Abraham Lincoln: Redeemer President

By Allen C. Guelzo | Go to book overview

1 The American System

The American Revolution was a revolt against restraint. And one of the first restraints to collapse was the one that had been imposed by British imperial authorities, in the decade before the Revolution, on new colonial settlements beyond the Appalachian Mountains. Once the stiff hand of British confinement was removed, curious American adventurers began pushing through the mountain gaps to spill out into the vast Ohio River valley, unlicensed land companies sprang up to sell title to tracts of land they had hardly bothered to investigate themselves, and, in 1780, a Shenandoah Valley farmer named Abraham Lincoln sold off the 210 acres of valley farmland he owned in Virginia and bought 1,200 new acres in the wilderness of what was already known as Kentucky.

The Lincoln family had actually been on the move ever since the first of the Lincolns arrived in Hingham, Massachusetts, in the 1630s, as part of the out-migration of disaffected Puritans fleeing an English church and an English government they had lost all hope of purifying. One of these Lincolns, Samuel, set up as a weaver in Hingham and died there in 1690; one of his sons, Mordecai, promptly began moving again, first to Hull, then to Cohasset; and then his sons, Abraham and another Mordecai, left New England entirely for northern New Jersey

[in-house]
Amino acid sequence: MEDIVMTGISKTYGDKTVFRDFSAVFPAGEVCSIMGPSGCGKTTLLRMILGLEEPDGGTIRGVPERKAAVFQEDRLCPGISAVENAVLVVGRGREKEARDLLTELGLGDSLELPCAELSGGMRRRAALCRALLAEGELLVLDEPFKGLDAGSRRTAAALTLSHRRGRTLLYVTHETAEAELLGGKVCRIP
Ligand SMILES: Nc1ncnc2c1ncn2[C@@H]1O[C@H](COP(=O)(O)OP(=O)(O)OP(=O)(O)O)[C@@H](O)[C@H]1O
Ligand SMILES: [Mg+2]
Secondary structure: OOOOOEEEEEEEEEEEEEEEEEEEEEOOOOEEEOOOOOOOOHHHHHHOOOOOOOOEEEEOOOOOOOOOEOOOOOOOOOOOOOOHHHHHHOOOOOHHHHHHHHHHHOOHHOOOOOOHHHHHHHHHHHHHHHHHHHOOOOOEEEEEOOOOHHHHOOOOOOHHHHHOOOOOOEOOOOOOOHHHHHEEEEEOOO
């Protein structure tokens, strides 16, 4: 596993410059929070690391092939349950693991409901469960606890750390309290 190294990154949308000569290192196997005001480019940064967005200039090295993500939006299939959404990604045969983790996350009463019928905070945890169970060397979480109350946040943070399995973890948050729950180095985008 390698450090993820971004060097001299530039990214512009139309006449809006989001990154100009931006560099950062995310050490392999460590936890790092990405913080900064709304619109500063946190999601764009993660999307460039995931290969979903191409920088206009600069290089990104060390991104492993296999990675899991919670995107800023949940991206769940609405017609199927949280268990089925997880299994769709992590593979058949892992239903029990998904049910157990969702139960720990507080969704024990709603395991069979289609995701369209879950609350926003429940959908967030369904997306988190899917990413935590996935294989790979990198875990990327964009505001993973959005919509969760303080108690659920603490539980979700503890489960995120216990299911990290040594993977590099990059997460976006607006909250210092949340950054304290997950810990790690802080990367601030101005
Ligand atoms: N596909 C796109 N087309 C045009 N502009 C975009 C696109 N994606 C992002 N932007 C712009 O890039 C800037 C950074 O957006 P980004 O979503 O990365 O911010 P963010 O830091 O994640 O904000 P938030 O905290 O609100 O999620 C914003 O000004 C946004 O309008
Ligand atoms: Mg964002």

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Abraham Lincoln: Redeemer President
Table of contents

Table of contents

  • Abraham Lincoln - Redeemer President *
  • Contents vii
  • Acknowledgments ix
  • Introduction: the Strife of Ideas 3
  • 1: The American System 26
  • 2: The Costs of Union 64
  • 3: The Doctrine of Necessity 102
  • 4: The Fuel of Interest 143
  • 5: Moral Principle is All That Unites Us 185
  • 6: An Accidental President 228
  • 7: War in a Conciliatory Style 269
  • 8: Voice Out of the Whirlwind 311
  • 9: Whig Jupiter 352
  • 10: Malice Toward None 397
  • Epilogue: the Redeemer President 439
  • A Note on the Sources 465
  • Index 500
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